In the marine sector, alternatives such as hydrogen and ammonia will reduce the share of traditional marine gasoil and heavy fuel oils to below 60%. Biofuels blends will also penetrate demand sectors outside of motor fuels, reaching 15% of global jet fuel demand by 2050.
This shift is already being reflected in supply-side investment. Refiners will have more diversified investment portfolios as product suppliers seek low-carbon solutions to meet overall demand.
Sayal expects refiners to look increasingly to technology such as biomass and hydrogen while also exploring ways of decarbonizing throughout the entire value chain, including lower carbon crude oil grades and carbon capture at refining sites. Fewer large-scale crude processing investments are expected to be made (and most likely none in Organization for Economic Cooperation and Development countries).
However, ongoing investments to meet growing need for petrochemical feedstocks are expected, such as dedicated crude-to-chemicals plants and refinery-petrochemical integrations within current large integrated sites.
IHS Markit expects that more refinery closures will be necessary in addition to the more than 2.3 MMbd distillation capacity already permanently lost during the pandemic.
Given the reduced need for crude in the refining system going forward, IHS Markit expects more than 3 million barrels per day in additional refining capacity to be lost by 2050. There are approximately six million barrels per day of new capacity additions already committed to 2026. So, the math does not add up and something will need to give. There will be closures to come.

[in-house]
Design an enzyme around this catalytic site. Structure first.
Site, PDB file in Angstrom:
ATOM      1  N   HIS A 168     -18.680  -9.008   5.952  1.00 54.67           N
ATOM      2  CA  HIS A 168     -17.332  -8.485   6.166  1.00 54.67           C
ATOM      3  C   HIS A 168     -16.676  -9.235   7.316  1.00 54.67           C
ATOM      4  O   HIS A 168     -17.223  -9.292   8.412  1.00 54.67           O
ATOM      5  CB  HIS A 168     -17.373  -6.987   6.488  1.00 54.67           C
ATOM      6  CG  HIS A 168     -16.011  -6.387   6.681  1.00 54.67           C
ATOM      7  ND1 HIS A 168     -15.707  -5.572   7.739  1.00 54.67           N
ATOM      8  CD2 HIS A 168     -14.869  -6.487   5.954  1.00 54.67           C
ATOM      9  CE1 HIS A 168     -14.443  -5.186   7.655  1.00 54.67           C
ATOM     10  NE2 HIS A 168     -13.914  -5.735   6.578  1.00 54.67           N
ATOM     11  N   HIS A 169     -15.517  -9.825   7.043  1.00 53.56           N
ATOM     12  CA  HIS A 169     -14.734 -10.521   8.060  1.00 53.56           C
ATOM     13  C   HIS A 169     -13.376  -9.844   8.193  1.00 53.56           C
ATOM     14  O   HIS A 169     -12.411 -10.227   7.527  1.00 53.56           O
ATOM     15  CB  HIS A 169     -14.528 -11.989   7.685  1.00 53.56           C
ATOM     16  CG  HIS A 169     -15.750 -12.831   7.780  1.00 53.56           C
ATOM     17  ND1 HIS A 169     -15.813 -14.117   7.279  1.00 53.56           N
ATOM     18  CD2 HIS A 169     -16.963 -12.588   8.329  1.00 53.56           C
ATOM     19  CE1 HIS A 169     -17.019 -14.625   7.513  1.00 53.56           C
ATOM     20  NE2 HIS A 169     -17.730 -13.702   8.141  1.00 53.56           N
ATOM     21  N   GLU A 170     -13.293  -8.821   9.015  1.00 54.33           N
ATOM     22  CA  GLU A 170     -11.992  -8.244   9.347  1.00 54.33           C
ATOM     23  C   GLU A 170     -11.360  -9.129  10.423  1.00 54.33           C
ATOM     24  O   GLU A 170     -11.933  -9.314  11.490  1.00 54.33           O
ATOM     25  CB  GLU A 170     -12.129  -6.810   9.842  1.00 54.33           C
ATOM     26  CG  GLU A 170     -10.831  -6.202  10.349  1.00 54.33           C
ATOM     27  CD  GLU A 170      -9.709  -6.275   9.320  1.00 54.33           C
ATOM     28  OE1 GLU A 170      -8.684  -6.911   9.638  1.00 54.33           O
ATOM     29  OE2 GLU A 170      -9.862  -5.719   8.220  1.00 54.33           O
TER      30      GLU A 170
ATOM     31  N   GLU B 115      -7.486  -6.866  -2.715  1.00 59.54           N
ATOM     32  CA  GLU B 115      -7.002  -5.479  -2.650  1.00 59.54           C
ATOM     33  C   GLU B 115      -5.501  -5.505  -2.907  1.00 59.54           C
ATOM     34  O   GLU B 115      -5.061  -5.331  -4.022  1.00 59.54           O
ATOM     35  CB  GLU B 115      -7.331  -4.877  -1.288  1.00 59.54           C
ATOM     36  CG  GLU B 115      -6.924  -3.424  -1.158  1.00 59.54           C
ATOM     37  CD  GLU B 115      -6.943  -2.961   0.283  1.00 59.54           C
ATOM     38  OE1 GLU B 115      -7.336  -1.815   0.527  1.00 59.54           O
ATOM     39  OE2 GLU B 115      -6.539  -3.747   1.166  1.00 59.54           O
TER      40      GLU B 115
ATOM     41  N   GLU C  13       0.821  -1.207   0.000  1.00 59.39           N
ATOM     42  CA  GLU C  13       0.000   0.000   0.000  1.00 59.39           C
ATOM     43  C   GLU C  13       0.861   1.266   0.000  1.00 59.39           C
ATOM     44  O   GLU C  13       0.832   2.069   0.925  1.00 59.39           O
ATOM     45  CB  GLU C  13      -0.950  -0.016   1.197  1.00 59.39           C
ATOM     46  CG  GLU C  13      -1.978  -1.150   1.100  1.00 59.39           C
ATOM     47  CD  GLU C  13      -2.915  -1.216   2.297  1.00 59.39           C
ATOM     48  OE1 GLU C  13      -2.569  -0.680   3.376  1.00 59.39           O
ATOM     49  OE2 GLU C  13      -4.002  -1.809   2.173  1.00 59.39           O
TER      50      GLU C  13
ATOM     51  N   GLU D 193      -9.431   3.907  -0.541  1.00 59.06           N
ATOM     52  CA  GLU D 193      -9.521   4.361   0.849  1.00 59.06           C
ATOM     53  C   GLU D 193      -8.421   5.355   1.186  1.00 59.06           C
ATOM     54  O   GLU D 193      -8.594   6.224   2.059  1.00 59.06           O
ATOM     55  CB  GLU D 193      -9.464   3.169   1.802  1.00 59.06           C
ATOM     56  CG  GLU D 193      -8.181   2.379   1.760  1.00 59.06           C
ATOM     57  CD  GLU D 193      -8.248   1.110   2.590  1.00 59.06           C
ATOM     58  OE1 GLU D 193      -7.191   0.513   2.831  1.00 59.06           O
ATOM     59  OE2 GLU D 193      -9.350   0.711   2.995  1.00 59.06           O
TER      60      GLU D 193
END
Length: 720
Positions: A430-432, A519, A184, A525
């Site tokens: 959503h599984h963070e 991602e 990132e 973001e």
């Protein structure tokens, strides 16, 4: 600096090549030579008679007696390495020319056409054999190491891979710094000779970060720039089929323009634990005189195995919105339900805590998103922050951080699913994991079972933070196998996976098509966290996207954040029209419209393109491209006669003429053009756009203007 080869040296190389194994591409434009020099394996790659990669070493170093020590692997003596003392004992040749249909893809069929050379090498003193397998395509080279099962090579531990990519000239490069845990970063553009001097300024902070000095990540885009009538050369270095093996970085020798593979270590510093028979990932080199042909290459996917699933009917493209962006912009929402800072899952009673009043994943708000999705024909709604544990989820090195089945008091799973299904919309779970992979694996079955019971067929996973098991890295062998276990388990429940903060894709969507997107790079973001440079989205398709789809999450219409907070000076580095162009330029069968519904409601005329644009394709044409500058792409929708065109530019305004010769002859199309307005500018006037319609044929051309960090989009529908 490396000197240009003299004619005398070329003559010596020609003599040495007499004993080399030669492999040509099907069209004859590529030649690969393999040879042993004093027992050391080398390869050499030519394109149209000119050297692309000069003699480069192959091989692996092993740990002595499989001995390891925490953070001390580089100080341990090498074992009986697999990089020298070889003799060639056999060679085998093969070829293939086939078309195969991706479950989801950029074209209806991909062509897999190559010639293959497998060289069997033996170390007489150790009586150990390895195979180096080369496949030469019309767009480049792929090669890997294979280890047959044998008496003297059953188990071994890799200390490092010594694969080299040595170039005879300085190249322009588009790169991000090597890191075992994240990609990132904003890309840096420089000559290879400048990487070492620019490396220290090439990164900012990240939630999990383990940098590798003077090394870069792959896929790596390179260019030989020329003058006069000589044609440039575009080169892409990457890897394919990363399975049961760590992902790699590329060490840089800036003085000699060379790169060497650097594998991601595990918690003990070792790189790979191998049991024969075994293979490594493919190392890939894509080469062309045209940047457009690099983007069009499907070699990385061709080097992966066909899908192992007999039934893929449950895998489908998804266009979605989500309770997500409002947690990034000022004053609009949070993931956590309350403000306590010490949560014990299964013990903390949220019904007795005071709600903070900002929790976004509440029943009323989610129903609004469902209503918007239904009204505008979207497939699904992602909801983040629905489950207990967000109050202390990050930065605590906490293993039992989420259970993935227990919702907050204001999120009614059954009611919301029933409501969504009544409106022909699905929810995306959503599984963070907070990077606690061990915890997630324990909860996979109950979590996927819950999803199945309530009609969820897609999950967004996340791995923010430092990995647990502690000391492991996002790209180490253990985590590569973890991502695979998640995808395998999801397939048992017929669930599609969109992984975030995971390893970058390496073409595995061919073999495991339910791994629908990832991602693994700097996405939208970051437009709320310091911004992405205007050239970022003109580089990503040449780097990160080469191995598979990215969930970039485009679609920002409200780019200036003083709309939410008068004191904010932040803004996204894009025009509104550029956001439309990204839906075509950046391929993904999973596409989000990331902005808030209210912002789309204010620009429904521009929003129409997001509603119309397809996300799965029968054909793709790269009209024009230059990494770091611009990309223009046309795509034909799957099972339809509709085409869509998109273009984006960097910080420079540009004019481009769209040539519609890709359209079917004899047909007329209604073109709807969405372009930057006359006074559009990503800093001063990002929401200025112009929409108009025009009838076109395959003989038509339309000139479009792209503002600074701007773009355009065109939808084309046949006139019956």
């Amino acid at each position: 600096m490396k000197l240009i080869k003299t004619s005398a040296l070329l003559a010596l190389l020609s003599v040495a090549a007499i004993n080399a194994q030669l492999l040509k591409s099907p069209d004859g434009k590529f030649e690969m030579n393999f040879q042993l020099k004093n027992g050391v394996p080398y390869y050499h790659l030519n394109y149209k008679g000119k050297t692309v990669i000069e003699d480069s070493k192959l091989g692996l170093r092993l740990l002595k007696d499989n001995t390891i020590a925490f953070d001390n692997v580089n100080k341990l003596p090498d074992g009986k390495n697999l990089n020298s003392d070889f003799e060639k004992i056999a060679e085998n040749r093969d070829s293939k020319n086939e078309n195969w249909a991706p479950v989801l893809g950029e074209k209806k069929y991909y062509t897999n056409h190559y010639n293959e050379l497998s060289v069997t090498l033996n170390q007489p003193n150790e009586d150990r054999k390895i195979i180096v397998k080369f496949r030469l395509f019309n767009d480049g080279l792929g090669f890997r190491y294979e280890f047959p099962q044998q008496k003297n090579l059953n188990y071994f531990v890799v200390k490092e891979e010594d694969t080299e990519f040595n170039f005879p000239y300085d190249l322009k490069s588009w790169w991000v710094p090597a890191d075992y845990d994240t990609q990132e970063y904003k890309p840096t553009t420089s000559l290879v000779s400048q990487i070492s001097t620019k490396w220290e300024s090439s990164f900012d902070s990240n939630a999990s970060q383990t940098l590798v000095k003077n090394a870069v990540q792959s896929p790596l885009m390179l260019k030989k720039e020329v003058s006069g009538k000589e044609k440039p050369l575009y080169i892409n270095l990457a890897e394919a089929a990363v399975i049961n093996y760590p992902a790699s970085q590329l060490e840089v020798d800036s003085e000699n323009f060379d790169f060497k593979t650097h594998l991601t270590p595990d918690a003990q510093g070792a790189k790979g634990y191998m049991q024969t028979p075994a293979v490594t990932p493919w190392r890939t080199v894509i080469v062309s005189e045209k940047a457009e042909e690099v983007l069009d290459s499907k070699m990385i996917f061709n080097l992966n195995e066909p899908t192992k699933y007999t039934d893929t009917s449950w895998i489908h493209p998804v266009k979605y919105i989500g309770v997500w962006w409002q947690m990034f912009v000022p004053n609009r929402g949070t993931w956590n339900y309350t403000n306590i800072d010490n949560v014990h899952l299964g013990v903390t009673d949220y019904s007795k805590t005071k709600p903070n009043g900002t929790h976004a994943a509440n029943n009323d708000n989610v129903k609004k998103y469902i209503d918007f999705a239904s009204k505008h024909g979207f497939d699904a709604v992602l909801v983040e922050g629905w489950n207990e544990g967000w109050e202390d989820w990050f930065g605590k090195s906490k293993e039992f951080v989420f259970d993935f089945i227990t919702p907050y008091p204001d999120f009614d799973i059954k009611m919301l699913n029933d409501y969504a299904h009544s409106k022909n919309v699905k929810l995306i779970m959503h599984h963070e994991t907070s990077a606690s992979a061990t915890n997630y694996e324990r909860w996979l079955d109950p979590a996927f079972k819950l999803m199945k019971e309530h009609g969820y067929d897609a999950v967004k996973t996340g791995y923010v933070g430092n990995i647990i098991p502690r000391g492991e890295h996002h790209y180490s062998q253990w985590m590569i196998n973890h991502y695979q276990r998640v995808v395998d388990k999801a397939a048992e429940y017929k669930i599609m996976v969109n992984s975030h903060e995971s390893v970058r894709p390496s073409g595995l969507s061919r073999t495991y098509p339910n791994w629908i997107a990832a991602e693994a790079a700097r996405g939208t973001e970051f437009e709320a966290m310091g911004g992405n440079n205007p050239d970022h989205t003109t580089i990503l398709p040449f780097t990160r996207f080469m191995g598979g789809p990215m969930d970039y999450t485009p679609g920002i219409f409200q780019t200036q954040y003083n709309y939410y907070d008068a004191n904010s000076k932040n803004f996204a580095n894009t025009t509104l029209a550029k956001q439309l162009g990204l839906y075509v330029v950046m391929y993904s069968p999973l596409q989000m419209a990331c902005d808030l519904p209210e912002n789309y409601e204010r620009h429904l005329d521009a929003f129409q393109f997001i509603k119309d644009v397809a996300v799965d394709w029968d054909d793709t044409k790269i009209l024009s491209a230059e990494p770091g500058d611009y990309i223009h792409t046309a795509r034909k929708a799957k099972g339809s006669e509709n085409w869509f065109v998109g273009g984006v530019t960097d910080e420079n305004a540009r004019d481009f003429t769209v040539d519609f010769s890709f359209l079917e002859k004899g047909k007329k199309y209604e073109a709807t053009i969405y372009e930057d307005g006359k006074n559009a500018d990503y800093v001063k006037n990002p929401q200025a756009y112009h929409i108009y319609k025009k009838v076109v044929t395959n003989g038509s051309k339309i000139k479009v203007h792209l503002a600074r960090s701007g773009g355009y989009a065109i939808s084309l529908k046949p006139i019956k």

The findings are the product of the Refining and Product Markets Annual Strategic Workbook and are part of the research that form the crude oil, refined products, NGL and downstream outlook for the 2021 IHS Markit Energy and Climate Scenarios.
Prepared annually, the IHS Markit Energy and Climate Scenarios include three plausible and integrated long-term energy scenarios to 2050, built by country and sector. Each scenario outlines a unique set of assumptions which include economic factors, geopolitical environment and focus on reducing global greenhouse emissions (GHGs) through policies and carbon pricing, COVID-19 containment, consumer behavior, among others.
The refined product outlook findings outlined above are reflected in the base case—Inflections—which encompasses an accelerated energy transition that moves in different ways and at different speeds around the world. Alternate scenarios include Green Rules, examining a more super-charged reaction following the pandemic and climate-related disasters where populations demand strong government action and cooperation, and Discord which projects a more dysfunctional world in which the political turmoil of 2020 returns after a short rebound, hampering economic growth and creating investment uncertainty and inertia.
IHS Markit also prepares two net zero cases with the predetermined outcome of reaching global net zero GHG emissions by 2050 and “backcast” to the present. Each of the three scenarios and two net zero cases has different implications for primary and final energy demand, and for global GHG emissions and temperature paths going forward.